by Susan Withee, Adult Services Manager
The tulips, redbuds, and forsythia of early spring have given way to lilacs, bridal wreath, and iris. It’s time to clean out the planting beds, wander home stores and nurseries, and browse catalogs in search of plants and design ideas to brighten your flowering garden spaces. Manhattan Public Library has a wealth of gardening books ready to inspire you with great ideas, from garden design and soil preparation to plant selections and garden structures. Here are a few suggestions to get you started.
Colorful, sturdy and easy-to-care-for, with long-lasting blooms perennials are the mainstays of the flower garden. “Essential Perennials: The Complete Reference to 2700 Perennials for the Home Garden” by gardening experts Ruth Clausen and Thomas Christopher is a gorgeous book and a comprehensive A to Z guide for choosing, planting, tending, and enjoying perennials.
Other outstanding guides for perennials in your garden are: “Perennial Combinations: Stunning Combinations that Make Your Garden Look Fantastic Right from the Start” by C. Colston Burrell; “The Well-tended Perennial Garden” by Tracy DiSabato-Aust; and “The Know Maintenance Perennial Garden” by Roy Diblik.
Enthusiasts for the garden’s greatest perennial all-stars can find inspiration in books that focus on their favorite flowers, for example: “Landscaping with Daylilies: A Comprehensive Guide for the Use of Daylilies in the Garden” by Oliver Billingslea; “Right Rose, Right Place: 359 Perfect Choices for Beds, Borders, Hedges and Screens, Containers, Fences, Trellises, and More” by Peter Schneider; and “A Guide to Bearded Irises: Cultivating the Rainbow for Beginners and Enthusiasts” by Kelly D. Norris. (Note to iris lovers: the annual Iris Day at the KSU Gardens, hosted by the Flint Hills Iris Society, will be next Sunday, Mother’s Day, May 10th.)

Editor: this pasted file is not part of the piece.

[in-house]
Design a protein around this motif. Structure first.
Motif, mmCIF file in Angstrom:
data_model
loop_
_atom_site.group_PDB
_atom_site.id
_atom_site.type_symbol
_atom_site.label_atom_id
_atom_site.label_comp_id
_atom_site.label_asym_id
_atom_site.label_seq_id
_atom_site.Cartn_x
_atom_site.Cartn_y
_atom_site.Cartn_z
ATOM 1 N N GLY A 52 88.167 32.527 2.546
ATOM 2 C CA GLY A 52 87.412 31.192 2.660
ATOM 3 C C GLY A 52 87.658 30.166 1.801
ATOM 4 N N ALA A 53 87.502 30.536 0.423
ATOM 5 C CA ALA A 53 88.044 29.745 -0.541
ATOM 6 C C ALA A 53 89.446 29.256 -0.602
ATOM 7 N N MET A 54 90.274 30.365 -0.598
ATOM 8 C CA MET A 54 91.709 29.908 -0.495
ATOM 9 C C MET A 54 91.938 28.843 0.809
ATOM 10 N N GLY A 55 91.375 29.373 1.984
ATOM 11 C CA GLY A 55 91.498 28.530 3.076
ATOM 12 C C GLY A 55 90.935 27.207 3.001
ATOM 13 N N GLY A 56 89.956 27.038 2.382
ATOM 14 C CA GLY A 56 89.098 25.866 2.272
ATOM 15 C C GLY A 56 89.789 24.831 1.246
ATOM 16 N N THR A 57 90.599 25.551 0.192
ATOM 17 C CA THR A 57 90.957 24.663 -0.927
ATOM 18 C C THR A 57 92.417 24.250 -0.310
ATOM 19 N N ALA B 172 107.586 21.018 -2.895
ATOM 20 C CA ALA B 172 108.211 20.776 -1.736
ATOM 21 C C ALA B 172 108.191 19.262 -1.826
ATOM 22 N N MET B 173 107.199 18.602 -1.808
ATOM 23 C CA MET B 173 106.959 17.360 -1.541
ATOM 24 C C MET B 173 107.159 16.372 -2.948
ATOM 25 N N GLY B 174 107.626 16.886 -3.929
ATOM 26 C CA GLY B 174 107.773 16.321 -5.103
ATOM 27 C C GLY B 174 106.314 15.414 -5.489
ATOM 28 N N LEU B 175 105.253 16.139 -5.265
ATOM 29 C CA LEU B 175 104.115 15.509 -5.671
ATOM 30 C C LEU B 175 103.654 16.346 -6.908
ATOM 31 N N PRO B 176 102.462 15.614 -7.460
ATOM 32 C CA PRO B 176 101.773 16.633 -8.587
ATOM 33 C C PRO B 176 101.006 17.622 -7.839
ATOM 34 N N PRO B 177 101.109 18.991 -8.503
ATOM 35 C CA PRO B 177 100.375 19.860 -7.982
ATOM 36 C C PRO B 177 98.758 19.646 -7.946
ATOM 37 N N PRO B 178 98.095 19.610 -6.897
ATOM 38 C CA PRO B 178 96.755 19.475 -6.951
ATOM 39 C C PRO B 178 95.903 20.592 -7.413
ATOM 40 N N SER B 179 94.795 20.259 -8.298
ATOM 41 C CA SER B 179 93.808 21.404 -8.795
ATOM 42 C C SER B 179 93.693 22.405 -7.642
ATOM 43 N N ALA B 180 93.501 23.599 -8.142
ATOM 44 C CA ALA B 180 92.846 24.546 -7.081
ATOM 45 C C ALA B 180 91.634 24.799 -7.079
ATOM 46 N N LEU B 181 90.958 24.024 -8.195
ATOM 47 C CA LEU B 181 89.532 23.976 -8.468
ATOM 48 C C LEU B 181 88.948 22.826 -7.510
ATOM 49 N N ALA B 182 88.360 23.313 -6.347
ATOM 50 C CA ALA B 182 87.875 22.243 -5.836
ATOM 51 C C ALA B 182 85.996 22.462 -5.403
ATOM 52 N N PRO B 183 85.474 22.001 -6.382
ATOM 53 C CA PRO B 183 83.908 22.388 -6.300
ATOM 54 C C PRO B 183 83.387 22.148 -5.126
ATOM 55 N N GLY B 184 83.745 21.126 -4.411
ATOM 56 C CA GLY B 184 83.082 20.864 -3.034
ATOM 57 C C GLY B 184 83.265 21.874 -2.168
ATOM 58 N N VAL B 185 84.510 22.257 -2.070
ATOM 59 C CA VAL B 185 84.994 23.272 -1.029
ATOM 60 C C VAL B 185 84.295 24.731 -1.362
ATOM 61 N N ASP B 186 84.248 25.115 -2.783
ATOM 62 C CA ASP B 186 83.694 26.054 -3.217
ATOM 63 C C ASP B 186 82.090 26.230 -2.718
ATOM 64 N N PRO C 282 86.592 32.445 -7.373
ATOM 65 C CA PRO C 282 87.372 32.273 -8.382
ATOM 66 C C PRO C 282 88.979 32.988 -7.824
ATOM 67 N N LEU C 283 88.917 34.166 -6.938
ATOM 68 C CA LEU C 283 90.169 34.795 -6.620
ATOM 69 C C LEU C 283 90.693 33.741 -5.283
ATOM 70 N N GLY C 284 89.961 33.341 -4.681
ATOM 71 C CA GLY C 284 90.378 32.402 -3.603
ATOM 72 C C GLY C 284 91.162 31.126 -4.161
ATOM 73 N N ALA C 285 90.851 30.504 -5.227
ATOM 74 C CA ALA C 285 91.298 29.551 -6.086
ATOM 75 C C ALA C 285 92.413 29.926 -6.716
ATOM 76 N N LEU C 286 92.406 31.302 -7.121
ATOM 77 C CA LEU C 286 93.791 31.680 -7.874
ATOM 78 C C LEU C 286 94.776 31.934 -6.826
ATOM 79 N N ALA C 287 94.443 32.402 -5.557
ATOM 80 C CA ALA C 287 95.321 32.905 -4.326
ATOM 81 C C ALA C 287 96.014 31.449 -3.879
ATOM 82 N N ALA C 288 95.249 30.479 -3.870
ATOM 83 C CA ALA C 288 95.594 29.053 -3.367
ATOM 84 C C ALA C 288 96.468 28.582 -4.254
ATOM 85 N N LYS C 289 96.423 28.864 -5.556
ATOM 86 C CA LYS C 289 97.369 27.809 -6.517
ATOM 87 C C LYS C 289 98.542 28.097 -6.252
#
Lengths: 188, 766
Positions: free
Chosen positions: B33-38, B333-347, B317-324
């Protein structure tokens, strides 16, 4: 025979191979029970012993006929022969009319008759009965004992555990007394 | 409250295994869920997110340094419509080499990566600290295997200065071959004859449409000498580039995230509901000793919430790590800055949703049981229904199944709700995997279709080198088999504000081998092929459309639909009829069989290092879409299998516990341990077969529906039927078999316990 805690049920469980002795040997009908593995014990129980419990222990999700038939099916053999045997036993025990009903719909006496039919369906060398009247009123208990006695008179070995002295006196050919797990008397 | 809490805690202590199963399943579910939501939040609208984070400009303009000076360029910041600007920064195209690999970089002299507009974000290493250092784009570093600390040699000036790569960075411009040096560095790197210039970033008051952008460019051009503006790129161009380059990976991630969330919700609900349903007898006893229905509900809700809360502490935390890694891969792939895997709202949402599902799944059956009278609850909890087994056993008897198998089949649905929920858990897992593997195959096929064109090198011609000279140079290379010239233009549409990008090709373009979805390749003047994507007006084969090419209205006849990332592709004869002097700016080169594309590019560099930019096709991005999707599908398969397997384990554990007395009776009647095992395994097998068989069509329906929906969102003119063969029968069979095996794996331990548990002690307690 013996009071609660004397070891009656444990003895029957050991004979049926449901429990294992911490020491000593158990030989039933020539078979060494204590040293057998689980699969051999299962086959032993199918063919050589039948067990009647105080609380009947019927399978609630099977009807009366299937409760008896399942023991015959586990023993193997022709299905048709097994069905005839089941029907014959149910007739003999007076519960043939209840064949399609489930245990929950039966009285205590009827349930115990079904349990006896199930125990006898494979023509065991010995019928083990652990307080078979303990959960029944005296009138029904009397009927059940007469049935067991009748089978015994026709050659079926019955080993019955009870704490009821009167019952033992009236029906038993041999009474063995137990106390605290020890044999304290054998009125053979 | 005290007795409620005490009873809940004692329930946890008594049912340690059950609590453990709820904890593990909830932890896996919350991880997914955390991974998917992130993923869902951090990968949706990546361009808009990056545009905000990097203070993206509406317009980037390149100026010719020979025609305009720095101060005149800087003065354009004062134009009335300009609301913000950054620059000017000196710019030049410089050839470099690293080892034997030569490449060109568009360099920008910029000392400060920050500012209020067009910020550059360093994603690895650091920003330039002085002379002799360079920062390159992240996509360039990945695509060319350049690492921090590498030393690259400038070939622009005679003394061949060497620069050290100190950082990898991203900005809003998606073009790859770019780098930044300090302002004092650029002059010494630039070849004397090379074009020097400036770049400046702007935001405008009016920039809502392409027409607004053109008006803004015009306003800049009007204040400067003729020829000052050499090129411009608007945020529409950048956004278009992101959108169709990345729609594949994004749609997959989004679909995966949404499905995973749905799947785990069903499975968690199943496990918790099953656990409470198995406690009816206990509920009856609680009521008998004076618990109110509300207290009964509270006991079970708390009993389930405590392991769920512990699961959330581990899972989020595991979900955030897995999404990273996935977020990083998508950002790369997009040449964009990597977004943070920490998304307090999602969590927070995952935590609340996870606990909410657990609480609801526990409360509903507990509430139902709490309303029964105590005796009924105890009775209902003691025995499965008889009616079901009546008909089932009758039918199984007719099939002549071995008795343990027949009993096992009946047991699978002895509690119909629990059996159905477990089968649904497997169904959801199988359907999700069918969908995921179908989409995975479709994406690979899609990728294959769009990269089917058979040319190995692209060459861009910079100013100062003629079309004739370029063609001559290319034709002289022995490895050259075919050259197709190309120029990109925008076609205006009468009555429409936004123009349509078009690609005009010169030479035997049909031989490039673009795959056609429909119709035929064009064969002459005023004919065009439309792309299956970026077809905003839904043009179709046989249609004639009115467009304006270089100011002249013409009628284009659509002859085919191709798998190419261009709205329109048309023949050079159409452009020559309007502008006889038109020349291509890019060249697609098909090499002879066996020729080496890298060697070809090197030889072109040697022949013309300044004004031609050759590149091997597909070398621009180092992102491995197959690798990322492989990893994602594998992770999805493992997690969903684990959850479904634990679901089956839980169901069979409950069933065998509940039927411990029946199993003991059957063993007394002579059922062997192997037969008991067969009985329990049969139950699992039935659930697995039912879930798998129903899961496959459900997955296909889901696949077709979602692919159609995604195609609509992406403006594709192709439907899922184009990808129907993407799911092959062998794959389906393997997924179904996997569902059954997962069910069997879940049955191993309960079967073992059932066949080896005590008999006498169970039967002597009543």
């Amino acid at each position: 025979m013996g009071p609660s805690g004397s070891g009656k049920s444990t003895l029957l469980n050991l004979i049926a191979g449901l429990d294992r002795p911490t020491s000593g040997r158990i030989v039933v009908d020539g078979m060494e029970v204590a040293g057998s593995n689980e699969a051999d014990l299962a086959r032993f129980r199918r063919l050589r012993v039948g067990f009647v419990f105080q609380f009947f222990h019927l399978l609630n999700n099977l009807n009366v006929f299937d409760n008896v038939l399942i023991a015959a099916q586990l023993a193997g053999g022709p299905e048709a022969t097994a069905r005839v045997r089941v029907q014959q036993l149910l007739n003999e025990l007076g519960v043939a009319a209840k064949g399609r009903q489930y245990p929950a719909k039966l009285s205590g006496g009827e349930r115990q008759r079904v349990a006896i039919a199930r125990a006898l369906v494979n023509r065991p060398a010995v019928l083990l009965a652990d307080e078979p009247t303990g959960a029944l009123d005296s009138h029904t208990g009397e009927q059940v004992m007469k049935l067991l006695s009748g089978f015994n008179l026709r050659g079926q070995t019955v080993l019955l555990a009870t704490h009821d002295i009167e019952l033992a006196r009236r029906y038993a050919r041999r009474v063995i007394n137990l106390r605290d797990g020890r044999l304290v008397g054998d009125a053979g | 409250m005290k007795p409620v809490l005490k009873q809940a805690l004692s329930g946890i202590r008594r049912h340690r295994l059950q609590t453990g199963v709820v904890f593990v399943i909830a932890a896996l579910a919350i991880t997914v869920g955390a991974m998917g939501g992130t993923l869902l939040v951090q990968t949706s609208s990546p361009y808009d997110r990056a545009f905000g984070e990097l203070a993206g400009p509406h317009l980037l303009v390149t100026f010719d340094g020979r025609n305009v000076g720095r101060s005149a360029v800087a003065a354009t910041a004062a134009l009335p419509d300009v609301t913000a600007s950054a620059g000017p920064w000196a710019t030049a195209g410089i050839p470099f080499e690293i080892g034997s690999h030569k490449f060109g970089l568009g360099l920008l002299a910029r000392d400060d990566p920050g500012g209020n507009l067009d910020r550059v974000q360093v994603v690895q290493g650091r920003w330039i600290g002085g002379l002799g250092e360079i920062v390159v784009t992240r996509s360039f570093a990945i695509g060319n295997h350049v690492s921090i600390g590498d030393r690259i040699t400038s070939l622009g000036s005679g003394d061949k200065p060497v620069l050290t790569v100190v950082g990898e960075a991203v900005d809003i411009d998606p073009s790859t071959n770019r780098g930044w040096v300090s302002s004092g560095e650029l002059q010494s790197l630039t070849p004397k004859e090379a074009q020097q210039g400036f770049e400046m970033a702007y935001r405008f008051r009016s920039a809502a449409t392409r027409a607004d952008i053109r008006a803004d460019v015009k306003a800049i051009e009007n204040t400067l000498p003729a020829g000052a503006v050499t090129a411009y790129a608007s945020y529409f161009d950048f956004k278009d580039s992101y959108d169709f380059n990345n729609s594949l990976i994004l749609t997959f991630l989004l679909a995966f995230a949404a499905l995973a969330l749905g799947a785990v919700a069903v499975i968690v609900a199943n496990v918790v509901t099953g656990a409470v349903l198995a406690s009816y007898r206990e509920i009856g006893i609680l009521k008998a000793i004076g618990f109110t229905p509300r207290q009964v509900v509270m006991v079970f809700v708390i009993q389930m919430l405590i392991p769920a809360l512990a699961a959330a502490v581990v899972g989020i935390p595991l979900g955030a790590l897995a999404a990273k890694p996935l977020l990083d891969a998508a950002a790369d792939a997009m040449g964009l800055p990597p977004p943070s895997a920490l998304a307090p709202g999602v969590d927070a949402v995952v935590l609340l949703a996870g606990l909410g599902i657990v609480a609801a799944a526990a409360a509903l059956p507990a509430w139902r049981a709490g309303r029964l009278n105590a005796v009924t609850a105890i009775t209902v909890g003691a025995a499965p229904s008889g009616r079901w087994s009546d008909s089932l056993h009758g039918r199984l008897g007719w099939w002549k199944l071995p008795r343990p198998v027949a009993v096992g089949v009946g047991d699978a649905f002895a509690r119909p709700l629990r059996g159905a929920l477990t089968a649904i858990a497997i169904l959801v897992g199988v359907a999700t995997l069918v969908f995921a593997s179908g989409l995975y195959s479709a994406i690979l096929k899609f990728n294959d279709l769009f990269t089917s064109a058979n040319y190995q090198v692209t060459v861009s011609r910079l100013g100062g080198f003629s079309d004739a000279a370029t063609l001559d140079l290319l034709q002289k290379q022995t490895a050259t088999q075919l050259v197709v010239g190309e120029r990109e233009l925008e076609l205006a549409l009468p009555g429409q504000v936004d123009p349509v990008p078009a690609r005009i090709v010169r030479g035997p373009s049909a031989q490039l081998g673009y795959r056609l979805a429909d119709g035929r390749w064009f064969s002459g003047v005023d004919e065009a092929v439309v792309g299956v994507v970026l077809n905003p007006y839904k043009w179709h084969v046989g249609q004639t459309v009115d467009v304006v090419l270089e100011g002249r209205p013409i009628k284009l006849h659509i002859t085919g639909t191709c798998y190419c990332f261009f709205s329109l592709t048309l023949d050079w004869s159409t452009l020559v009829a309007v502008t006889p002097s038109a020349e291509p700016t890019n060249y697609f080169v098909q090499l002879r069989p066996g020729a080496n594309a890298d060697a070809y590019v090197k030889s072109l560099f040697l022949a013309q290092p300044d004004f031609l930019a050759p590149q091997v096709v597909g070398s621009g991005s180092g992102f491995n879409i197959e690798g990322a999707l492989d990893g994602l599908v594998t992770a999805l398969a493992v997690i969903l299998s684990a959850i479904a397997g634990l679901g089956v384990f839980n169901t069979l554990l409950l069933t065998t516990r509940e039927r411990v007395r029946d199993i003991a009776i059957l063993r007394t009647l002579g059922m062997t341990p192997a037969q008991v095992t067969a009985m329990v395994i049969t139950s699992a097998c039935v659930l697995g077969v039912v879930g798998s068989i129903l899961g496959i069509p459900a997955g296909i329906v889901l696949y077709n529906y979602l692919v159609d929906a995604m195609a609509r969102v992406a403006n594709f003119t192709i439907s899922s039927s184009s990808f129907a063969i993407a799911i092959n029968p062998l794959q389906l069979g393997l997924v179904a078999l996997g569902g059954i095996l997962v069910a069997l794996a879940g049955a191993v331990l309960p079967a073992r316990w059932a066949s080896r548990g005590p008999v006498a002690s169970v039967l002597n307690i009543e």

For the ultimate in carefree gardening with a big payback, check out “Plantiful: Start Small, Grow Big with 150 Plants that Spread, Self-sow, and Overwinter” by Kristin Green. Or create your own prairiescape with“Prairie-style Gardens: Capturing the Essence of the American Prairie Wherever You Live” by Lynn Steiner; “Gardening with Prairie Plants: How to Create Beautiful Native Landscapes” by Sally Wasowski; or “The American Meadow Garden” by John Greenlee.
Gardening space limited to your doorstep, balcony, windowsill, or hanging planter? “Small Space Garden Ideas” by Philippa Pearson is packed with creative, smart ideas to make even the tiniest garden space lush and full. Look for more ideas for tight garden spaces in “The Ultimate Book of Small Gardens” by Graham Rice, “Container Gardening” by Hank Jenkins, or “The Potted Garden” by Daria Price Bowman.
Embellishing your outdoor space can add dramatically to the beauty and impact of your gardening efforts. For creative and inspired ideas, take a look at: “Handmade for the Garden : 75 Ingenious Ways to Enhance your Outdoor Space with DIY Tools, Pots, Supports, Embellishments, and More” by Susan Guagliumi; “Salvage Style for the Garden: Simple Outdoor Projects Using Reclaimed Treasures” by Marcianne Miller; “The Well-decorated Garden: Making Outdoor Ornaments and Accents” by Laura Dover Doran; or “Handmade Garden Projects: Step-by-step Instructions for Creative Garden Features, Containers, Lighting and More” by Lorene Forkner.
Perhaps you’re more of a philosophical or armchair gardener? One who applauds the effort and appreciates the outcomes, but, say, at a distance? As an intellectual rather than a physical exercise? Not a problem; the Library has you covered.
“Onward and Upward in the Garden” by Katharine White is a collection of her classic essays originally written for the gardening column of The New Yorker magazine and now newly reissued, a book the publisher called a “sharp-eyed appreciation of the green world of growing things…and of the dreams that gardens inspire.”
Or check out “Rhapsody in Green: The Garden Wit and Wisdom of Beverley Nichols,” about which one reviewer wrote, “Be prepared for delight…you won’t want to put it down…and you may never look at gardens in the same way again.”